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# Section 5.9: Phase and Group Velocity

m/s

m/s

Please wait for the animation to completely load.

A classical wave obeys a classical wave equation. In one dimension the classical wave equation is:

[v^{−2} *d*^{2}/*dt*^{2} − *d*^{2}/*dx*^{2}] *y*(*x*,*t*) = 0, (5.8)

where v is the wave velocity and y(x, t) is the wave function, the solution to the wave equation. In general, the solution to this equation is *y*(*x,t*) = f(x −/+ vt). For harmonic waves, the solutions to the wave equation are

*y*(*x*, *t*) = *A* cos (*kx* −/+ ω*t*) + *B* sin (*kx* −/+ ωw*t*), (5.9)

for the right-moving (upper signs) and left-moving (lower signs) solutions.

What do we mean by the velocity of a wave? This may seem like a simple question. When we talk about a wave on a string (or a sound wave) we can talk about the velocity as *v* = λ *f*. We can rewrite this expression in terms of the wave's wave number, *k*, and angular frequency, ω, given that λ = 2π/*k* and that *f* = ω/2π. We therefore find that v = ω/*k*. We note here that the velocity of the wave is also fundamentally related to the medium in which the wave propagates.

But what happens when we want to add several traveling waves together? In this case we are interested in several waves traveling in the same direction. We can change the wave number and angular frequency for each wave. At first, we will ensure that the wave speeds are identical. In this animation we add the red wave (wave 1) to the green wave (wave 2) to form the resulting blue wave (**position is given in meters and time is given in seconds**). Restart.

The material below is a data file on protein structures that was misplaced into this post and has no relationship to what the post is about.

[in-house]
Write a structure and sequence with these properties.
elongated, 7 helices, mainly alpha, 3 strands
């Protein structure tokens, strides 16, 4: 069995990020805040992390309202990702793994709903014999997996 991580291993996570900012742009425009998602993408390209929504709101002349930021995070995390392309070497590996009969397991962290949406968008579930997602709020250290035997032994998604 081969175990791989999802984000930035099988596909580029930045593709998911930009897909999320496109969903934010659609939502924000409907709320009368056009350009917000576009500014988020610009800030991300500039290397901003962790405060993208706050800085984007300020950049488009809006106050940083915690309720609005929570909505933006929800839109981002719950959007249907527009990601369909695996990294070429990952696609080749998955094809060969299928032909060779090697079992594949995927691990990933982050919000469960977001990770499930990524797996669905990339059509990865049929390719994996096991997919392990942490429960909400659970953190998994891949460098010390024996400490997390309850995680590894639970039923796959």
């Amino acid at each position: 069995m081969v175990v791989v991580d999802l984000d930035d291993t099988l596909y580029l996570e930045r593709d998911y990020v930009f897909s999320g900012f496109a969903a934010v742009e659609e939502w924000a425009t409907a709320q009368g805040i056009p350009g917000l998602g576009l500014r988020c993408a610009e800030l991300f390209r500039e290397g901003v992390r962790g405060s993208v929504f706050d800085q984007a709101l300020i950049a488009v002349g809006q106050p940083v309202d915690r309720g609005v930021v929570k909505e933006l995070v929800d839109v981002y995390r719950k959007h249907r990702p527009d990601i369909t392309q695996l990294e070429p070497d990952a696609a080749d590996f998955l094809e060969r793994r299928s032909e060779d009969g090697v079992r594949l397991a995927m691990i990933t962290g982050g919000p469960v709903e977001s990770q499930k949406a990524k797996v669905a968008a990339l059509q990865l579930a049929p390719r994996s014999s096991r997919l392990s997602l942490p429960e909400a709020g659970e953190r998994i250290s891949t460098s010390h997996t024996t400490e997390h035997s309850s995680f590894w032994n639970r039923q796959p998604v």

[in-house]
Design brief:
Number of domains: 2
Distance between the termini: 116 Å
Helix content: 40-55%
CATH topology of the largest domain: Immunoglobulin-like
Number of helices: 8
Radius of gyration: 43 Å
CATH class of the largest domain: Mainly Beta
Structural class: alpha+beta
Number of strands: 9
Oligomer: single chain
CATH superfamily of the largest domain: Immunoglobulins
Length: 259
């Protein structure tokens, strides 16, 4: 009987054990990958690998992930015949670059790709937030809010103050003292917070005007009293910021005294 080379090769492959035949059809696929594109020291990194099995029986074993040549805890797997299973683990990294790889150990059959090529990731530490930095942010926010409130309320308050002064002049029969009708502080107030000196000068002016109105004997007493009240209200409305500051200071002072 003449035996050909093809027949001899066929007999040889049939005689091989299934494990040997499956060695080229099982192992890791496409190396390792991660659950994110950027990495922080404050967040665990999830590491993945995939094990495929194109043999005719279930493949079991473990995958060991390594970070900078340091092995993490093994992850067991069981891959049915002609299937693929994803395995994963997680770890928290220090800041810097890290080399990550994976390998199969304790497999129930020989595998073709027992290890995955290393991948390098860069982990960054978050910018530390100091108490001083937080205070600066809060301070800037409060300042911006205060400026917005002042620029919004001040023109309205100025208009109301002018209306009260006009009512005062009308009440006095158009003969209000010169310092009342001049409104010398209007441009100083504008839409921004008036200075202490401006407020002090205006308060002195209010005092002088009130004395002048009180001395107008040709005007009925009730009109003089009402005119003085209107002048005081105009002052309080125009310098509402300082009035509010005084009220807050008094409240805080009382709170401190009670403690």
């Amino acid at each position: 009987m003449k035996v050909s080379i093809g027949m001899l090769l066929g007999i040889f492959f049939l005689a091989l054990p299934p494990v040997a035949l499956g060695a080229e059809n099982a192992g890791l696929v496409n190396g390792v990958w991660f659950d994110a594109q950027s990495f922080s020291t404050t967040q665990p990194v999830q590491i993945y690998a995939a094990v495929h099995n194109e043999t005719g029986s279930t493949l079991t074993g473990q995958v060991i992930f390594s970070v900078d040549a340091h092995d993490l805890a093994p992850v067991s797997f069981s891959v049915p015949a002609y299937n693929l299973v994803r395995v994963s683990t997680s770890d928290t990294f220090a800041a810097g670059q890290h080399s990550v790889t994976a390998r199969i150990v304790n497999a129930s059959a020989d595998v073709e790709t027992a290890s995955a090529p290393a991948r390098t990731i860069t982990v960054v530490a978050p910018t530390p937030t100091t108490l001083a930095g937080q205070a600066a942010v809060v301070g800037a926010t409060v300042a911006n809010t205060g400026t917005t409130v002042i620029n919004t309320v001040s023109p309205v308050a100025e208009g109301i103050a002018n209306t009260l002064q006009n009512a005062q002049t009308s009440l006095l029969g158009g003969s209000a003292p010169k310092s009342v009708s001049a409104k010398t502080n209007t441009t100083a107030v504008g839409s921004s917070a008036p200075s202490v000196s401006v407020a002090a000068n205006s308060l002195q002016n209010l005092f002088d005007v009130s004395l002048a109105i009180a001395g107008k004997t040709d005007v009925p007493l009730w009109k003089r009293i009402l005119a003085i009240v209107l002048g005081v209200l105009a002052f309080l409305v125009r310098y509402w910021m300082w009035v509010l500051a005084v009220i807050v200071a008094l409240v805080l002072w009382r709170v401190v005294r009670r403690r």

Consider what happens when we leave the second wave unchanged, but we change *k*_{1 }to 8 rad/m and ω_{1} to 8 rad/s for the first wave. Note the interesting pattern that develops in the superposition. Notice that there is an overall wave pattern that modulates a finer-detailed wave pattern. The overall wave pattern is defined by the propagation of a wave envelope with what is called the group velocity. The wave envelope has a wave inside it that has a much shorter wavelength that propagates at what is called the phase velocity. For these values of k and ω the phase and group velocities are the same.

Now consider *k*_{1 }= 8 rad/m and ω_{1} = 8.4 rad/s (now wave one and wave two have different speeds). What happens to the wave envelope now? It does not move! This is reflected in the calculation of the group velocity. The finer-detailed wave has a phase velocity of 1.02 m/s. Now consider *k*_{1 } = 8 rad/m and ω_{1} = 8.2 rad/s. The group velocity is now about half that of the phase velocity (certain water waves have this property). Now consider *k*_{1 } = 8 rad/m and ω_{1} = 7.6 rad/s. The group velocity is now about twice that of the phase velocity (solutions to the free, *V* = 0, Schrödinger equation have this property).

For a superposition of two waves the group velocity is defined as v_{group }= Δω/Δ*k* and the phase velocity as v_{phase } = ω_{avg}/*k*_{avg}. In general, the group velocity is defined as v_{group }= ∂ω/∂*k* and the phase velocity as v_{phase} = ω/*k*.

So what velocity do we want? The physical velocity is that of the wave envelope, the group velocity. For waves on strings we get lucky: the phase and group velocities are the same (these are harmonic waves).

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